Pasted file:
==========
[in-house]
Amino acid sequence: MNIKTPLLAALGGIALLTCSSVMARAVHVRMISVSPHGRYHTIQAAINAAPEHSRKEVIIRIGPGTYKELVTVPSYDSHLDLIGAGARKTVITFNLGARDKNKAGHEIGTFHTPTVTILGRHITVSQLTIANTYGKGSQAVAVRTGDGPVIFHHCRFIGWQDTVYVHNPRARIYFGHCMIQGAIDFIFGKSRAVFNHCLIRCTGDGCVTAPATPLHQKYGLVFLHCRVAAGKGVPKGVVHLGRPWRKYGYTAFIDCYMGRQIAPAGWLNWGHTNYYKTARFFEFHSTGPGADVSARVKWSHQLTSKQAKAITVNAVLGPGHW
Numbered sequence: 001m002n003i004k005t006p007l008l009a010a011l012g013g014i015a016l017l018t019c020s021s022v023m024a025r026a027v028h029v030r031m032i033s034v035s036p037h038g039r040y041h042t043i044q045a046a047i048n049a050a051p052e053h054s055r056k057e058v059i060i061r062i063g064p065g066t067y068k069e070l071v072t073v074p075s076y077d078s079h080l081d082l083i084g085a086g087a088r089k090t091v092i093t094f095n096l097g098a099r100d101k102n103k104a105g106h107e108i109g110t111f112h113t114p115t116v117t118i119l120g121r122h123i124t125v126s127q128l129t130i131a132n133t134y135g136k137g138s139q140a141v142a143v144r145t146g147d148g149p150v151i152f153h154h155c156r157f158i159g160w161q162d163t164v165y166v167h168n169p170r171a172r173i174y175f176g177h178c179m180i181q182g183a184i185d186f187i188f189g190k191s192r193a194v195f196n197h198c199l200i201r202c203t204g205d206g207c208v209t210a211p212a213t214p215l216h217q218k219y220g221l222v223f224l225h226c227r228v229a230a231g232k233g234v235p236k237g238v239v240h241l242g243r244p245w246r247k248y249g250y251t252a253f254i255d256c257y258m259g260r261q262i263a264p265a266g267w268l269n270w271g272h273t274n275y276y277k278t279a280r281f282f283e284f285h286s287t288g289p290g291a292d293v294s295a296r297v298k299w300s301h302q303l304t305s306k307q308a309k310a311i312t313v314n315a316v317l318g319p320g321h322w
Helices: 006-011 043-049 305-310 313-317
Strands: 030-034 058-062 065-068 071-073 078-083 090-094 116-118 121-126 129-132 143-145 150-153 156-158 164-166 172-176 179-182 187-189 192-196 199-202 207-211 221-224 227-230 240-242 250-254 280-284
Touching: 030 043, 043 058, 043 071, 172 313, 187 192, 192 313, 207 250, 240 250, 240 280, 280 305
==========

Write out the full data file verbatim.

[in-house]
Amino acid sequence: MNIKTPLLAALGGIALLTCSSVMARAVHVRMISVSPHGRYHTIQAAINAAPEHSRKEVIIRIGPGTYKELVTVPSYDSHLDLIGAGARKTVITFNLGARDKNKAGHEIGTFHTPTVTILGRHITVSQLTIANTYGKGSQAVAVRTGDGPVIFHHCRFIGWQDTVYVHNPRARIYFGHCMIQGAIDFIFGKSRAVFNHCLIRCTGDGCVTAPATPLHQKYGLVFLHCRVAAGKGVPKGVVHLGRPWRKYGYTAFIDCYMGRQIAPAGWLNWGHTNYYKTARFFEFHSTGPGADVSARVKWSHQLTSKQAKAITVNAVLGPGHW
Numbered sequence: 001m002n003i004k005t006p007l008l009a010a011l012g013g014i015a016l017l018t019c020s021s022v023m024a025r026a027v028h029v030r031m032i033s034v035s036p037h038g039r040y041h042t043i044q045a046a047i048n049a050a051p052e053h054s055r056k057e058v059i060i061r062i063g064p065g066t067y068k069e070l071v072t073v074p075s076y077d078s079h080l081d082l083i084g085a086g087a088r089k090t091v092i093t094f095n096l097g098a099r100d101k102n103k104a105g106h107e108i109g110t111f112h113t114p115t116v117t118i119l120g121r122h123i124t125v126s127q128l129t130i131a132n133t134y135g136k137g138s139q140a141v142a143v144r145t146g147d148g149p150v151i152f153h154h155c156r157f158i159g160w161q162d163t164v165y166v167h168n169p170r171a172r173i174y175f176g177h178c179m180i181q182g183a184i185d186f187i188f189g190k191s192r193a194v195f196n197h198c199l200i201r202c203t204g205d206g207c208v209t210a211p212a213t214p215l216h217q218k219y220g221l222v223f224l225h226c227r228v229a230a231g232k233g234v235p236k237g238v239v240h241l242g243r244p245w246r247k248y249g250y251t252a253f254i255d256c257y258m259g260r261q262i263a264p265a266g267w268l269n270w271g272h273t274n275y276y277k278t279a280r281f282f283e284f285h286s287t288g289p290g291a292d293v294s295a296r297v298k299w300s301h302q303l304t305s306k307q308a309k310a311i312t313v314n315a316v317l318g319p320g321h322w
Helices: 006-011 043-049 305-310 313-317
Strands: 030-034 058-062 065-068 071-073 078-083 090-094 116-118 121-126 129-132 143-145 150-153 156-158 164-166 172-176 179-182 187-189 192-196 199-202 207-211 221-224 227-230 240-242 250-254 280-284
Touching: 030 043, 043 058, 043 071, 172 313, 187 192, 192 313, 207 250, 240 250, 240 280, 280 305